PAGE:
Includes property tax cap, circuit breaker tax relief, and restoration of STAR rebate checks for seniors
State Senator Brian X. Foley (D – Blue Point) announced the passage of sweeping legislation that will reform New York State’s property tax structure and immediately help seniors and working-families in Suffolk County. The legislation (S. 6212) implements a property tax cap and a circuit breaker tax credit system that will provide targeted relief to middle-class homeowners. In addition, senior homeowners earning $150,000 or less will see their STAR rebate checks restored.
“Out of control property taxes have wreaked havoc on homeowners and communities across Long Island,” said Sen. Foley who co-sponsored the legislation and helped get it passed in the senate. “This legislation will provide real, substantial relief to homeowners and control property taxes. I am proud to support the passage of this legislation because I know it will directly help working-families in Suffolk County.”
The circuit breaker tax credit will provide targeted tax relief to households earning up to $250,000 per year and paying more than a threshold percentage of their income on property taxes, with the tax credit equal to 30% of property tax payments over the threshold percentage. Eligibility will be determined based on a formula in which the circuit breaker takes effect when spending on property taxes exceeds 7% of the first $120,000 of income, 8% of the next $55,000, and 9% of the excess, up to a total income of $250,000.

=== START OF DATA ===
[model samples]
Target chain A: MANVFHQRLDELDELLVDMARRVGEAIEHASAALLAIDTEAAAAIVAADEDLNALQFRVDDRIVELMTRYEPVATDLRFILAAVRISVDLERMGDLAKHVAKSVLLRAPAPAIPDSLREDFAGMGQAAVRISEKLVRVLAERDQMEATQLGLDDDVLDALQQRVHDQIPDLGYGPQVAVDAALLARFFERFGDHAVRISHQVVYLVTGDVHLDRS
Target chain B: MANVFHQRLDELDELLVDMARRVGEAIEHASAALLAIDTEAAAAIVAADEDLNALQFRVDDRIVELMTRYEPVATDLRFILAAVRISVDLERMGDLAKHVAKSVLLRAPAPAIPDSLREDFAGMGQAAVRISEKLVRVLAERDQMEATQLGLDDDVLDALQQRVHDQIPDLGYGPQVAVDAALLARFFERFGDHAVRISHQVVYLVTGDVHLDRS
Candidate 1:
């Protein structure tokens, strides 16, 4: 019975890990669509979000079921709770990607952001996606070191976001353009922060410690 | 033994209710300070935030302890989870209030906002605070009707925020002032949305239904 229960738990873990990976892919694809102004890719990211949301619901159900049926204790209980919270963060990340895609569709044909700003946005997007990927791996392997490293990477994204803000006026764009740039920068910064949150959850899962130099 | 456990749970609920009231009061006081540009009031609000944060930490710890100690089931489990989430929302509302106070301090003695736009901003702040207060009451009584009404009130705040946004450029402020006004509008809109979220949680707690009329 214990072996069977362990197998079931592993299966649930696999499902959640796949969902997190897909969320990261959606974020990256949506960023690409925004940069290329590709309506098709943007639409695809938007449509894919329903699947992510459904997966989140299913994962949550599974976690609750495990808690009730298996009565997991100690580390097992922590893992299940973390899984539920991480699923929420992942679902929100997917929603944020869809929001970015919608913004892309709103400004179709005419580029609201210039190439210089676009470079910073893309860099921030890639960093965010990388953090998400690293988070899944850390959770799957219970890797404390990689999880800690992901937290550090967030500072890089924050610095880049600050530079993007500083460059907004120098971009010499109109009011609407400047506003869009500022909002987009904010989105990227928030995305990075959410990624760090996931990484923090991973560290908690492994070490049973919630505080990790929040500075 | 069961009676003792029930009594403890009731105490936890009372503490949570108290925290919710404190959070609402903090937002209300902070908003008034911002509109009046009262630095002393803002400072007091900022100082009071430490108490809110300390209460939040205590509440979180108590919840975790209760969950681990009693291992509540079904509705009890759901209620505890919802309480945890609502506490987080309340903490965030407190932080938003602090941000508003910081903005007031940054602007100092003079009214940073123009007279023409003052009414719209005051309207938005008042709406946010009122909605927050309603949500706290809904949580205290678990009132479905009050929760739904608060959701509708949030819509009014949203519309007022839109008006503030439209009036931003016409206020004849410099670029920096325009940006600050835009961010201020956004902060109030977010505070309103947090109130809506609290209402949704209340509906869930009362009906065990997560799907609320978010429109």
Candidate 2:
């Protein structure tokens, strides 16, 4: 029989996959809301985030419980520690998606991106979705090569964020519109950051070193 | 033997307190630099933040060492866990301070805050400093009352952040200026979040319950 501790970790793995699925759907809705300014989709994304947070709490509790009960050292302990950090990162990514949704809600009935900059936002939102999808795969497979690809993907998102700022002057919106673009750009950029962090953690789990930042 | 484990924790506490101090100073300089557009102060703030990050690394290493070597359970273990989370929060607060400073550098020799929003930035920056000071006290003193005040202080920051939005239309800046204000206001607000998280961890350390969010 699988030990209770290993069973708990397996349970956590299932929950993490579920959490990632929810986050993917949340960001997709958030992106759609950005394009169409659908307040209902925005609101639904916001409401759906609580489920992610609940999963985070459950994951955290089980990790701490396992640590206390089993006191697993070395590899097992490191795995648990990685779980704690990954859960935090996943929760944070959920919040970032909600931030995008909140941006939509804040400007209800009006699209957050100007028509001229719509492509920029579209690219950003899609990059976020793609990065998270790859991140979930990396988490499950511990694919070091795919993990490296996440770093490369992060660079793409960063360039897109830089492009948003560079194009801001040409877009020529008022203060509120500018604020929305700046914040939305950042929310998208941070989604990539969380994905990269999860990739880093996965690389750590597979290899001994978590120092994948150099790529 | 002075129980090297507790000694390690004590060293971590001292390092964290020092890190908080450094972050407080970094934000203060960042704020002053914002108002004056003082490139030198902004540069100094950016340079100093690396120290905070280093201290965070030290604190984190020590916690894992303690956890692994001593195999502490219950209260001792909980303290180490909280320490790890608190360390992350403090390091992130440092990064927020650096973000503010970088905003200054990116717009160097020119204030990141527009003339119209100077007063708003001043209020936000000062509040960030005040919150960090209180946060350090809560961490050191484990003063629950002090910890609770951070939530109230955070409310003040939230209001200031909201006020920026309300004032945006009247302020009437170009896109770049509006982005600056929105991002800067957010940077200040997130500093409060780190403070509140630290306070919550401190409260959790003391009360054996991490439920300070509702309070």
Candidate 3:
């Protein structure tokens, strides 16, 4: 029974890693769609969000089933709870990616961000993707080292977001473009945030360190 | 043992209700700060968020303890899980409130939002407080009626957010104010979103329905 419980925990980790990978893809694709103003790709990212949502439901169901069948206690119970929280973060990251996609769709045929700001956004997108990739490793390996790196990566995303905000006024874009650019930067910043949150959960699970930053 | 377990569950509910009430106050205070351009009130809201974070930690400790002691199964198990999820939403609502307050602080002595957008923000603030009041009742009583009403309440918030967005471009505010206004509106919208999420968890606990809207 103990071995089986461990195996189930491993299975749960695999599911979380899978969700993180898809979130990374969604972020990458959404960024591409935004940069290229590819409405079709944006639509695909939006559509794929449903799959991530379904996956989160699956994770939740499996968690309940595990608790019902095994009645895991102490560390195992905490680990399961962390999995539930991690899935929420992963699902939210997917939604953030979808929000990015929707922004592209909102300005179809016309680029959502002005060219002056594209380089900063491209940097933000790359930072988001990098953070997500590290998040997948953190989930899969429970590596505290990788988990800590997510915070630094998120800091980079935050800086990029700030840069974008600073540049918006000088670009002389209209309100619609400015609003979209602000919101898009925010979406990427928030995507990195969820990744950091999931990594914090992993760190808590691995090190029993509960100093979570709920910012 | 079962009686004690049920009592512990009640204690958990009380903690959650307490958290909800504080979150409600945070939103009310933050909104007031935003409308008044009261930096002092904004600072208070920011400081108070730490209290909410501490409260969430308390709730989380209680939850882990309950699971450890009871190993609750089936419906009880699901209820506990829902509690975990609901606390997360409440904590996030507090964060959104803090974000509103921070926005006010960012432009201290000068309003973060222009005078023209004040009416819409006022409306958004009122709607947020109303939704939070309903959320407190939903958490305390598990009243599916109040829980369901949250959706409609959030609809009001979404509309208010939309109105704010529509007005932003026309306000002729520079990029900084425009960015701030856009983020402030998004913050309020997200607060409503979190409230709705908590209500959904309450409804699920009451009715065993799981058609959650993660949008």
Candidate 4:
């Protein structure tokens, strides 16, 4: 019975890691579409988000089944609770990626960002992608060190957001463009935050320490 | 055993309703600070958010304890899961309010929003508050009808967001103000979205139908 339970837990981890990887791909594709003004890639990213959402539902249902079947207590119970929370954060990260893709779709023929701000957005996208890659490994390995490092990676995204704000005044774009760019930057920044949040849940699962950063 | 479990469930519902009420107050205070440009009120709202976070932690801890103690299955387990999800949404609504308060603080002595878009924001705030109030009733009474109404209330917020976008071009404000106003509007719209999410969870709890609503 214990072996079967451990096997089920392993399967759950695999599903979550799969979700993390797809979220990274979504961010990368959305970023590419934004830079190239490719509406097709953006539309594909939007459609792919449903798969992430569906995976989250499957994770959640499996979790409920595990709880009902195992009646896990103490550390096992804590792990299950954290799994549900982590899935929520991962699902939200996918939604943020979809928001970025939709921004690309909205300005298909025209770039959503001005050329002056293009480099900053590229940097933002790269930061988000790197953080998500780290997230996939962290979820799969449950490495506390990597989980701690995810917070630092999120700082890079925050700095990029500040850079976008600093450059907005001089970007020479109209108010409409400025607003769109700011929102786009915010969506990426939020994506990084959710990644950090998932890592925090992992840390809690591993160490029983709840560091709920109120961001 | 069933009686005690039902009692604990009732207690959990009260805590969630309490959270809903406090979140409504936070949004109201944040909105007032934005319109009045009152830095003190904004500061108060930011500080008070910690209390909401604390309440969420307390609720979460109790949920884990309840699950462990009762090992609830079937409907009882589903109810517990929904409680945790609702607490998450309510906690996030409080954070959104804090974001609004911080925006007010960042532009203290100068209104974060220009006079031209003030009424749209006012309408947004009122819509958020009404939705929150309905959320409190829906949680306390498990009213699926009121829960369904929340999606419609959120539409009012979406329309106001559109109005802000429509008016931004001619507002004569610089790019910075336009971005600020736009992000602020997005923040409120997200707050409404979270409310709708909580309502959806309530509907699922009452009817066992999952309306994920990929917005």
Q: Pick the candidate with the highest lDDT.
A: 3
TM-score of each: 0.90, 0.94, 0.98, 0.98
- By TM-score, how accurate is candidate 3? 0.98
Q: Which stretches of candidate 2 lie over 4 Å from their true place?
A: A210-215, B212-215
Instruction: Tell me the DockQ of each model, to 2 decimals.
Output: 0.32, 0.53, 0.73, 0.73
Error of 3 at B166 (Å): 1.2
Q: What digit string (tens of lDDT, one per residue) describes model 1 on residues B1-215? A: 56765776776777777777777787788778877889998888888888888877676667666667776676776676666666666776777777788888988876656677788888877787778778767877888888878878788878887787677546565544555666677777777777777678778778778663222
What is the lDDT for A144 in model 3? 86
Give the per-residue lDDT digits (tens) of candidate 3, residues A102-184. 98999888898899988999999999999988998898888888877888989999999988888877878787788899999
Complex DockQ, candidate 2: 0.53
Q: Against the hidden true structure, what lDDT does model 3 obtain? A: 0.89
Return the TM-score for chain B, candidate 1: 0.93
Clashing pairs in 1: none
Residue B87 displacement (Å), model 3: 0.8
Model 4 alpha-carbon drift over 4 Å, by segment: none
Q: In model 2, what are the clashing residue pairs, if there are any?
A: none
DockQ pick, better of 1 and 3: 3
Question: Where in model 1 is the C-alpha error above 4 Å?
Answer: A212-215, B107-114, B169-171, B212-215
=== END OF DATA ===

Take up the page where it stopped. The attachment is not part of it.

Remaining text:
Additionally, the legislation establishes a cap on school property taxes. Under the legislation, school tax increases would be capped at 4 percent or 120 percent of the Consumer Price Index (CPI), whichever is lower. Any school tax increase exceeding the 4 percent cap must be approved by a supermajority of 55 percent (as opposed to the “50 percent plus one” vote generally required to pass budgets).
Senior homeowners will see direct tax relief with the restoration of the STAR rebate checks. The rebate will apply to households earning $150,000 or less. In order to avoid “double-dipping,” the bill requires that the amount of the STAR rebate check received be subtracted from the total property taxes paid when calculating circuit breaker eligibility.
The legislation passed with broad bi-partisan support and a vote of 58-1. It is now awaiting passage in the state assembly.